After this historical remembrance, the celebration ended with a mass conducted by Bishop Sis.'Lady in Blue' Honors Native Americans and Catholic Faith

8th Annual Lady in Blue Celebratiion





8th Annual Lady in Blue Celebration



Dozens gathered at the San Angelo Museum of Fine Arts on Sunday afternoon for the 8th annual Lady in Blue Celebration.
Festivities began with a brief ceremony by the Jumano Native Americans at the Celebration Bridge along the Concho River. A procession of flowers to the museum followed, where Bishop Michael Sis held a mass of the Holy Trinity.
The celebration was in honor of the Lady in Blue, a nun living in Spain during the 1600's. She is known for her legendary bilocation, as she was physically at her Spanish convent, but, according to the Jumanos, she evangelized in spirit to the indigenous people of West Texas and the American southwest.

Vatican considers 'Lady in Blue' for sainthood


Vatican Official Researches Lady in Blue in San Angelo

Vatican Official Researches Lady in Blue in San Angelo: An important official from the Vatican is in San Angelo researching the lady in blue. Father Stefano Cecchin is a postulator. He gathers information on the cause for canonization in the Catholic Church.

Lady Blue em San Angelo -Texas


http://www.conchovalleyhomepage.com/news/local-news/vatican-official-researches-lady-in-blue-in-san-angelo/785007846

<iframe title="SAN ANGELO - Embed Player" width="540" height="304" frameborder="0" scrolling="no" allowfullscreen="true" marginheight="0" marginwidth="0" src=//www.gosanangelo.com/videos/embed/104390798/?fullsite=true></iframe>


..........................


Vatican Official Researches Lady in Blue in San Angelo


San Angelo, TX - An important official from the Vatican is in San Angelo researching the lady in blue. Father Stefano Cecchin is a postulator. He gathers information on the cause for canonization in the Catholic Church.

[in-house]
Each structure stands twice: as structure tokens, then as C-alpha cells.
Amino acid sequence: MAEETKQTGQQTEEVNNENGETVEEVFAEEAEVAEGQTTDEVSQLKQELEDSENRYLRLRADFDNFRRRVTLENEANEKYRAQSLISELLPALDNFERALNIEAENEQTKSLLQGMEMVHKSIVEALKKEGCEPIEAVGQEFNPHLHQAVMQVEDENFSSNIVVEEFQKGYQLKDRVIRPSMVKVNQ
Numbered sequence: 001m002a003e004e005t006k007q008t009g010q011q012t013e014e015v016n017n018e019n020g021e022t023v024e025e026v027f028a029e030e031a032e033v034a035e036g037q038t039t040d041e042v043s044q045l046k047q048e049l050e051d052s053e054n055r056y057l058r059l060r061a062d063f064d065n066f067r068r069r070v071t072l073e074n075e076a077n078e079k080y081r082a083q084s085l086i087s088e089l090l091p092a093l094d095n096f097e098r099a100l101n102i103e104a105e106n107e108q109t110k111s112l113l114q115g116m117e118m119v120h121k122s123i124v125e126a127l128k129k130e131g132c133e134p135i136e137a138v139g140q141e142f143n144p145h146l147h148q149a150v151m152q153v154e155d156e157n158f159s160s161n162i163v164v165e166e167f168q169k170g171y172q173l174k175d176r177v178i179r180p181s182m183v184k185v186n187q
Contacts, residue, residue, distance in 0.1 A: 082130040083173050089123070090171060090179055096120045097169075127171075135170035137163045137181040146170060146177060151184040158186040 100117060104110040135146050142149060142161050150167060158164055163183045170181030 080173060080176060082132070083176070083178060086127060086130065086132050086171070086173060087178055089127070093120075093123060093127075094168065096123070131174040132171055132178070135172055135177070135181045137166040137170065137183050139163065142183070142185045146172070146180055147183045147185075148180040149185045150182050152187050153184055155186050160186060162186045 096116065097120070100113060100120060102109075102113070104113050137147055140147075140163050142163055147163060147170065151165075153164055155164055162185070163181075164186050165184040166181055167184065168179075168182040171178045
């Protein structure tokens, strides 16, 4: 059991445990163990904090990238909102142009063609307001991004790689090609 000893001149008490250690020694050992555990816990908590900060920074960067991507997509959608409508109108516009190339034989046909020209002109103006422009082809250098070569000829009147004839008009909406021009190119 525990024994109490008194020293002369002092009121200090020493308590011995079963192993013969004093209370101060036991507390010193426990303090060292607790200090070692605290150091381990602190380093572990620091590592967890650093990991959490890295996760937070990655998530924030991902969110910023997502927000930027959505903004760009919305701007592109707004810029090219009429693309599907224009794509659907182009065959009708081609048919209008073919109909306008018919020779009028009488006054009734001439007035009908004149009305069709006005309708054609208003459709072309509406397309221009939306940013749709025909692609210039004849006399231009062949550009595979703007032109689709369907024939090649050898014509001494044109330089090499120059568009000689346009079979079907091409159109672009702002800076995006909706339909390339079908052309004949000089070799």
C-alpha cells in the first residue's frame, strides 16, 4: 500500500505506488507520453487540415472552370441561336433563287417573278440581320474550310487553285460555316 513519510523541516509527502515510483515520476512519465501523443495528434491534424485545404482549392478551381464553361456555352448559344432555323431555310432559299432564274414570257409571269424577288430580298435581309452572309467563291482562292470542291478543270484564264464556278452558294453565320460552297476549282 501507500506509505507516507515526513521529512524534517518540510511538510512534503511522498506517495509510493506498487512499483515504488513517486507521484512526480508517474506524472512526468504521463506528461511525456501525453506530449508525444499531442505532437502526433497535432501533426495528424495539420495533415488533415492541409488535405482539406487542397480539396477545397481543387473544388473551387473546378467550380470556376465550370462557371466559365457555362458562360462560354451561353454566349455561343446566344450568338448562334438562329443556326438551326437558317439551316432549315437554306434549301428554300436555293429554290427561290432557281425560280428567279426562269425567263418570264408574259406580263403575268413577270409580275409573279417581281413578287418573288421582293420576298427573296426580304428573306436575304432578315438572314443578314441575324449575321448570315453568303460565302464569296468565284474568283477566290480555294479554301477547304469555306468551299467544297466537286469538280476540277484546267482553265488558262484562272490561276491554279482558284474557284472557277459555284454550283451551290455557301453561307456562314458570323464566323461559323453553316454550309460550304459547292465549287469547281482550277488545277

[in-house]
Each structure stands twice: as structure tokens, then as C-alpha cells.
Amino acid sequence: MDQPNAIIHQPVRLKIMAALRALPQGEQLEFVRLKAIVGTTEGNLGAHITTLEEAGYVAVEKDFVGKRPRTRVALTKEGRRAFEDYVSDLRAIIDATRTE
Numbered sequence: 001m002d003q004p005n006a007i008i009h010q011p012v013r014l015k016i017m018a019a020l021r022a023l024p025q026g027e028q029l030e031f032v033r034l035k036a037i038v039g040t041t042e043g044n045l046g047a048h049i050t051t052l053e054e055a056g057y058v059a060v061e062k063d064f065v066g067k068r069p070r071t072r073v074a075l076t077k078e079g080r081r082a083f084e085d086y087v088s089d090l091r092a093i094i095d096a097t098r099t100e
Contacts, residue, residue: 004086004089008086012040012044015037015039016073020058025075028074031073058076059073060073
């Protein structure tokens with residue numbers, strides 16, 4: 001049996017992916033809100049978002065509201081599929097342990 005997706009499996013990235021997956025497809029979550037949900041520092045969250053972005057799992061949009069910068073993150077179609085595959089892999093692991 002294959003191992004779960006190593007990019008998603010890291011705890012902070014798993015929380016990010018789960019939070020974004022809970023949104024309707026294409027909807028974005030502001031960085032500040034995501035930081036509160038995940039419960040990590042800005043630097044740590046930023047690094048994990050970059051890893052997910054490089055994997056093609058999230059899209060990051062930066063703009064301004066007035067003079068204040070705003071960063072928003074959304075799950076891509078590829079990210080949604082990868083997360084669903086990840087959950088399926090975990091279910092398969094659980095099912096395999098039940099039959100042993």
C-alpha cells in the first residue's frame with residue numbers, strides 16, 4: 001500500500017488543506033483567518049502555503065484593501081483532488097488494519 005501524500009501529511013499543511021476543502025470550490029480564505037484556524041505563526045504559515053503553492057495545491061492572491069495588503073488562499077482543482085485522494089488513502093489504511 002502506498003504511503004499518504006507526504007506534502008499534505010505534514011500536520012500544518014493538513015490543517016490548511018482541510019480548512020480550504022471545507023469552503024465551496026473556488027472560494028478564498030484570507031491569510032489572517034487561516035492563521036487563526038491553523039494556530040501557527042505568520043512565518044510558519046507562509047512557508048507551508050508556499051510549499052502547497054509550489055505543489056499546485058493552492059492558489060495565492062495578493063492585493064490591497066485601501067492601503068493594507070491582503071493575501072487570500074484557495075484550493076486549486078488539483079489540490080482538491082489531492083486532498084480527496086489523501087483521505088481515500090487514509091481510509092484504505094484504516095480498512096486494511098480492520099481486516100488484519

While in the Concho Valley his focus is on "Sor Maria de Jesus de Agreda" also known as "The Lady in Blue."
"Because she had more than 500 apparitions here," says Father Cecchin.
During his research, he has had a film crew capturing his journey, for a documentary on "The Lady in Blue." For the past few days, Father Cecchin has toured places where she inspired Jumanos to become Christians.
"He will leave with a feel of what West Texas is like," says Tilly Chandler, the Chairman for the Historic Beginnings of San Angelo Donor Park Project
Monday, Father Cecchin toured the future site of the statues honoring Jumanos and The Lady in Blue.  The park is off the Concho River near Oakes Street. Park project organizers are thrilled to have someone from the Vatican here.
"We were stunned... He came to little San Angelo to find out what we were doing," says Chandler.
Father Cecchin says this park as well as the documentary will help people learn about "The Lady in Blue." 
"Because we need to know the story, know this woman and what she did," say Cecchin.
The story is, in the 1600's, Sor Maria de Jesus lived in Spain and without leaving the monastery she appeared many times along the Concho River to the Jumano Indians.
"She converted the Indians and here is the evidence that it happened here," says Cecchin.
That evidence included antique drawings in San Angelo and Paint Rock representing apparitions by The Lady in Blue. Father Cecchin is set to leave San Angelo Thursday.
The documentary is set to have the premiere here in San Angelo in May, days after the ribbon cutting of the park project.


Avé Maria Puríssima !

Santa Beatriz da Silva

As Irmãs a seguir

Campo Maior - Portugal

Espanha - Galeria _ Fed. Sta María de Guadalupe

Created with picasa slideshow.

Brasil - Galeria _ Fed. Imaculada Conceição

Created with picasa slideshow.